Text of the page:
Queer Corner: Tune In, Come Out



Kate Pochini

Are you nerds excited for the beginning of the fall TV season? As a character on one of my favorite shows once said, “there are only two things I love in this world: everybody and television.” Since it’s still the beginning, I have hope that this year will be great for TV, and by great I mean really, really queer. Do you all watch Glee? I do, because if I were to stop, the powers that be would take my queer card away. For the past year, I have had a moderately face palm relationship with the show, but last year it really hit home for me. It hit home for me so much that at the end of one of last season’s episodes, I actually said out loud, “I wish I were sixteen right now.”

Now, I still had braces at sixteen, so it would take a lot to make me want to relive my awkward teenage years, but I’m fairly certain that if at sixteen I had watched (spoiler alert!) Santana sing­ing that Fleetwood Mac song to Brittany about all of her big gay feelings for her, I would have understood all the big gay feelings inside of myself. Yep, Glee is getting gayer, and it’s not the only mainstream show that has queer characters and storylines. Skins UK, Modern Family, Degrassi, Pretty Little Liars, 90210, True Blood and many more all feature three-dimensional queer charac­ters with personalities, character development, flaws and awesomeness.

I probably watch more high school TV shows than is healthy or appropriate for a person in her twenties, but I can’t help it. Teenage shows are so gay these days, and I seriously need to fill the gay void in the heart of my inner sixteen-year old. You see, back when I was a fledgling queerio, they didn’t have many queer teenagers on TV, and if they did, it was either a gay guy who came out in a “very special episode” and was never seen again, or a bisexual girl who made out with a few girls before getting back together with her ex-boyfriend. Queer storylines were so scarce and lackluster that I had to secretly watch The L Word before my parents came home from work, just so I could get some gay exposure. And no teenager should ever have to watch The L Word. Ever.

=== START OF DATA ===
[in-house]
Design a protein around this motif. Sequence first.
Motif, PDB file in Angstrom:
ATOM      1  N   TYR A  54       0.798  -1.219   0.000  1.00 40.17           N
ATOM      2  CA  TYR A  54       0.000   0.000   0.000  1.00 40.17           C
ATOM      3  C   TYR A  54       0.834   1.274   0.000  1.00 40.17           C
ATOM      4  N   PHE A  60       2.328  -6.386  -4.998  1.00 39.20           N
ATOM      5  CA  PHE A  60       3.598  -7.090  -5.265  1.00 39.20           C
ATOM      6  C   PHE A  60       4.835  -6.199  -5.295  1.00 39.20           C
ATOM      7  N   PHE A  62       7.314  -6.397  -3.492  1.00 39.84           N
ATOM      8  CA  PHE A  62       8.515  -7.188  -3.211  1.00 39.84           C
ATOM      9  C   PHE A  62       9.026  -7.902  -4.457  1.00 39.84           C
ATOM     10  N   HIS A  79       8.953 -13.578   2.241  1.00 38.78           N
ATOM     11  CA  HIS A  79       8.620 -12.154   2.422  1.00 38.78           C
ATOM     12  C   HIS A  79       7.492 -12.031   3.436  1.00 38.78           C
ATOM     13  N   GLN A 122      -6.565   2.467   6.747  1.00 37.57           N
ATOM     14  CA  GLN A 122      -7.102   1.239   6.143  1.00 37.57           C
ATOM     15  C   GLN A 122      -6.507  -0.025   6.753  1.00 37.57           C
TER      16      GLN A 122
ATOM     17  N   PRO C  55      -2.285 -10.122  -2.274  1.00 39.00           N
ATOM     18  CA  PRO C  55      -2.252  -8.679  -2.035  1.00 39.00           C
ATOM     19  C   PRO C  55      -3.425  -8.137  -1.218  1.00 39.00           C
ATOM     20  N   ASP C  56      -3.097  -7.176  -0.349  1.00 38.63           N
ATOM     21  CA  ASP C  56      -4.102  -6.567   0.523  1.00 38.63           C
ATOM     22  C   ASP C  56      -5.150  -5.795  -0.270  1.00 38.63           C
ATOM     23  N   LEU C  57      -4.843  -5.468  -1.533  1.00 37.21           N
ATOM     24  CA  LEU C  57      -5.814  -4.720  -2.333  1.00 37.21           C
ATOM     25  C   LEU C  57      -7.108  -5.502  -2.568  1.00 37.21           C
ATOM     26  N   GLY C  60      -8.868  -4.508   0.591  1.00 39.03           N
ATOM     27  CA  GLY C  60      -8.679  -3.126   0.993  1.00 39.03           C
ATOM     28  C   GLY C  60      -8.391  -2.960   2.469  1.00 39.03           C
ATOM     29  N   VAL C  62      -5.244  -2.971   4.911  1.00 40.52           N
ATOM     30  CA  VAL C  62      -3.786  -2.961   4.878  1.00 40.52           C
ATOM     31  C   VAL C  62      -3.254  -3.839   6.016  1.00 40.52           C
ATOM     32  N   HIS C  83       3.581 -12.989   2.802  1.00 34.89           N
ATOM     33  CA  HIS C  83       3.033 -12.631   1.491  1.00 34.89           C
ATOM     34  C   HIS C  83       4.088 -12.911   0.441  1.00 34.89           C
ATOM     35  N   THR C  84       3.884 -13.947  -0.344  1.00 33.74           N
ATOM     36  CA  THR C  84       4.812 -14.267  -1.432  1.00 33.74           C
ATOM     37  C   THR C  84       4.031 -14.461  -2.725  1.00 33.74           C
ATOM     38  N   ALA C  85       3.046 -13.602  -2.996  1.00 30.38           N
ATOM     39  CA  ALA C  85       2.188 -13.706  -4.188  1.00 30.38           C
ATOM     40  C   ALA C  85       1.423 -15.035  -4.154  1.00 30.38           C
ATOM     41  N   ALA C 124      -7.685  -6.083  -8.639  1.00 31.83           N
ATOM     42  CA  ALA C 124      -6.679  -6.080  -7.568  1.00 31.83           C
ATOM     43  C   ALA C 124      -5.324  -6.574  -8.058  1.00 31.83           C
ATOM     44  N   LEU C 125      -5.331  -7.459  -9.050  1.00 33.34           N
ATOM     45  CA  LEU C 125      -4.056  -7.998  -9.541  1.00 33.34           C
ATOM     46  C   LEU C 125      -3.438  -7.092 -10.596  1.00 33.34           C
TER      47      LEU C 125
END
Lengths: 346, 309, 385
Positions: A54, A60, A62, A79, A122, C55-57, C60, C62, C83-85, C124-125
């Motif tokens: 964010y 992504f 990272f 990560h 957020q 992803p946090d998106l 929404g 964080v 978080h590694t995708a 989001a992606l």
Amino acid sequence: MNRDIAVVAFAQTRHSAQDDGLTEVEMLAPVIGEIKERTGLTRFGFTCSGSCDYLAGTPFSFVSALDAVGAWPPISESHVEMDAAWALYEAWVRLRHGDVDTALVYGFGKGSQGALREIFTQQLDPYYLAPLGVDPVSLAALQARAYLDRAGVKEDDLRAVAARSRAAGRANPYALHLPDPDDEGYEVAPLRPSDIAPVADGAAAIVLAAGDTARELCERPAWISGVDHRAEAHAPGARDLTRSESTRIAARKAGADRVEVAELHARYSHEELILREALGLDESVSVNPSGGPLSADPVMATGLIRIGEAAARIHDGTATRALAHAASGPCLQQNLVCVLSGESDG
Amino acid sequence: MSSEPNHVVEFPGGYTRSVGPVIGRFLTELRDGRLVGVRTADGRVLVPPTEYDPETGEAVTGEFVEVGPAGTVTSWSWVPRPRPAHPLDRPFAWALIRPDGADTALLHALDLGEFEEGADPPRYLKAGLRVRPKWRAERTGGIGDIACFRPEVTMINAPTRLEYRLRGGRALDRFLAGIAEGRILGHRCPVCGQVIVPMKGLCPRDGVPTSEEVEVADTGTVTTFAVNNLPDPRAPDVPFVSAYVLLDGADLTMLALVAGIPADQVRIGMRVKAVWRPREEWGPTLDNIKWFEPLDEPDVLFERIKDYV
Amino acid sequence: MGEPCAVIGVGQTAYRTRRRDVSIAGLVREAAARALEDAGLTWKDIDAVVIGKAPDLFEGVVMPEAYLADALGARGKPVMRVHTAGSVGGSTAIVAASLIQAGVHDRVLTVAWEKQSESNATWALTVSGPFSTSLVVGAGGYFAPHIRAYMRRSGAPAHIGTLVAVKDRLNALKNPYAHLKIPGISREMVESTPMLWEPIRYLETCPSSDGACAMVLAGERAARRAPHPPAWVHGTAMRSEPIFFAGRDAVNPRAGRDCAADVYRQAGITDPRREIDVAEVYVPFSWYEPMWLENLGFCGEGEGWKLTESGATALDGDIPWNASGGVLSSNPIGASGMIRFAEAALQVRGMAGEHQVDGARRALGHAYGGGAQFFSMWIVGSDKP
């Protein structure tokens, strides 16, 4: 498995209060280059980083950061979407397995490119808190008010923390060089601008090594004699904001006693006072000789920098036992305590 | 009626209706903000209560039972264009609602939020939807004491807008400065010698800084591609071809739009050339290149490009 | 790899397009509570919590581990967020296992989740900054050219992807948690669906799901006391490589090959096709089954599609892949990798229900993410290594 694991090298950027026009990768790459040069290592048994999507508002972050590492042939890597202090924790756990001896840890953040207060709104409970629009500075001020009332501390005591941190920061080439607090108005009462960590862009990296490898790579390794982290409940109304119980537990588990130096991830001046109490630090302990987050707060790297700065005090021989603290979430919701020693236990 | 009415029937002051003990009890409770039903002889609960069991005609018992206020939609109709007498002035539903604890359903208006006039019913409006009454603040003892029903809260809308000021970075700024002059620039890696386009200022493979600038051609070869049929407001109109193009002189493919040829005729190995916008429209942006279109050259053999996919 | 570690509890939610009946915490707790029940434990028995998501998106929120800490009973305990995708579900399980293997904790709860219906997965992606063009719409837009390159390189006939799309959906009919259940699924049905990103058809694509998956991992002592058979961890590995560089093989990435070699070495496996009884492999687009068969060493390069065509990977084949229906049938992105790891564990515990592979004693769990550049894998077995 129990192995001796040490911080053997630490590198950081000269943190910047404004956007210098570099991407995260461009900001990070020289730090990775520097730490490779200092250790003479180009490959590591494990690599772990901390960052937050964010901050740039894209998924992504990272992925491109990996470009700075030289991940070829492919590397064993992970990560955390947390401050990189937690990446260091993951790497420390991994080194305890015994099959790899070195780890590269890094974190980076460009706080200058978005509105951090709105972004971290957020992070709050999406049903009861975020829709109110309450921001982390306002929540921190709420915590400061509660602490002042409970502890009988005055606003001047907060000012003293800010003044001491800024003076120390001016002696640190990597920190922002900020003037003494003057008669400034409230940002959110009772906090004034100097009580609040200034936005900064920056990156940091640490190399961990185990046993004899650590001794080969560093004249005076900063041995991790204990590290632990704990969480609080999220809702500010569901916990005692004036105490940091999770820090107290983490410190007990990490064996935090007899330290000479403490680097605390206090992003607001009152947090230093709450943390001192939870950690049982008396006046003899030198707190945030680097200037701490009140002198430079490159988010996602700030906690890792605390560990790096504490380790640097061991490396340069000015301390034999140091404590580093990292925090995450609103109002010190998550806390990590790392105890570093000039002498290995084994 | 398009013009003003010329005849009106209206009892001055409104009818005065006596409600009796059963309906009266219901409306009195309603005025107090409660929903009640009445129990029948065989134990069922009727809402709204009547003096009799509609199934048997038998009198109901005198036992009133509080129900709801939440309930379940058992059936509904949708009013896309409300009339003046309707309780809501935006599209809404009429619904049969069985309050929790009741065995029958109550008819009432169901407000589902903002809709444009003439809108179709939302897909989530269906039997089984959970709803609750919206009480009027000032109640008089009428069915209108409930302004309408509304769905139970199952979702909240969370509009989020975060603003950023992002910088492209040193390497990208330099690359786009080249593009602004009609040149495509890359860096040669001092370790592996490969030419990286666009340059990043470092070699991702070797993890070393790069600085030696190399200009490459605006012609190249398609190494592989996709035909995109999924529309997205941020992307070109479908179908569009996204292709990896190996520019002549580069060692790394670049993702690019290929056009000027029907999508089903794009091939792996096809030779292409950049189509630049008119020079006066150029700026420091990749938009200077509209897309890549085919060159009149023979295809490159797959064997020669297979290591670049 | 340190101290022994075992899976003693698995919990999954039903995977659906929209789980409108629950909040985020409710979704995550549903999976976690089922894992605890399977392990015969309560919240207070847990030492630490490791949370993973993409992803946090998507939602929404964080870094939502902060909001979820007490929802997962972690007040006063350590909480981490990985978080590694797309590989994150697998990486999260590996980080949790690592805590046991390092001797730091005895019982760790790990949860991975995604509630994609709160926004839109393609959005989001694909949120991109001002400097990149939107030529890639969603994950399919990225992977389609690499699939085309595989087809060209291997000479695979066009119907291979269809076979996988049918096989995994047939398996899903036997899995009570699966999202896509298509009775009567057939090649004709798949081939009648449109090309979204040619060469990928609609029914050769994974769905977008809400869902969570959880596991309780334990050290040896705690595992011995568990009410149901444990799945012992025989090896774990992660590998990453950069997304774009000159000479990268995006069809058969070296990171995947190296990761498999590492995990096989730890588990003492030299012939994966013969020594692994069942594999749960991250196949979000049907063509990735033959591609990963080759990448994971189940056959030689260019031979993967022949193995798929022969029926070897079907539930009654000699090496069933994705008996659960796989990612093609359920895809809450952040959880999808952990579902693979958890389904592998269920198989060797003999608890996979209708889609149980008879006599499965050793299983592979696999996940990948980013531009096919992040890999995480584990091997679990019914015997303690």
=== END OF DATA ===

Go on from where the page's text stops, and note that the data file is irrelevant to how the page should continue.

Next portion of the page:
So what does this mean? Why is this important? Well, this means that queer kids are becom­ing mainstream! They’re being broadcast into our homes, and kids are watching these shows with their friends and families and talking about the characters and their relationships.

Somewhere, a queer girl is realizing that her feelings for her best friend are a lot like Santana’s feelings for Brittany, and a father is talking to his son about how cute Kurt and Blaine are. Soon, everyone starts to realize that queer people are just people.

Now, I wouldn’t be a good college student if I didn’t criticize everything incessantly, and I wouldn’t be a good queer advocate if I didn’t believe that visibility was one of the most important things ever in the history of everything. We have a lot of gay and bisexual characters, and we have even more on the way, but there are very few trans and genderqueer characters on TV. And it’s no coincidence that the general public has a lack of understanding of transgenderness and genderqueerness. People aren’t exposed to it. People aren’t talking about it. People don’t know genderqueer characters like they know gay characters, and that is unfortunate.

So, don’t listen to those jerks that say TV is rotting your brain. What it’s really doing is opening your eyes. Blow off your reading for tomorrow and get to know some queer characters. You might learn a little bit about what it’s like to be a queer kid. You might learn how to be a better ally, a better friend and a better family member. Maybe you’ll learn something important about yourself. But whatever you do, never watch The L Word, and never ever watch The Real L Word. You’ll thank me.

Contact Kate Pochini at [email protected].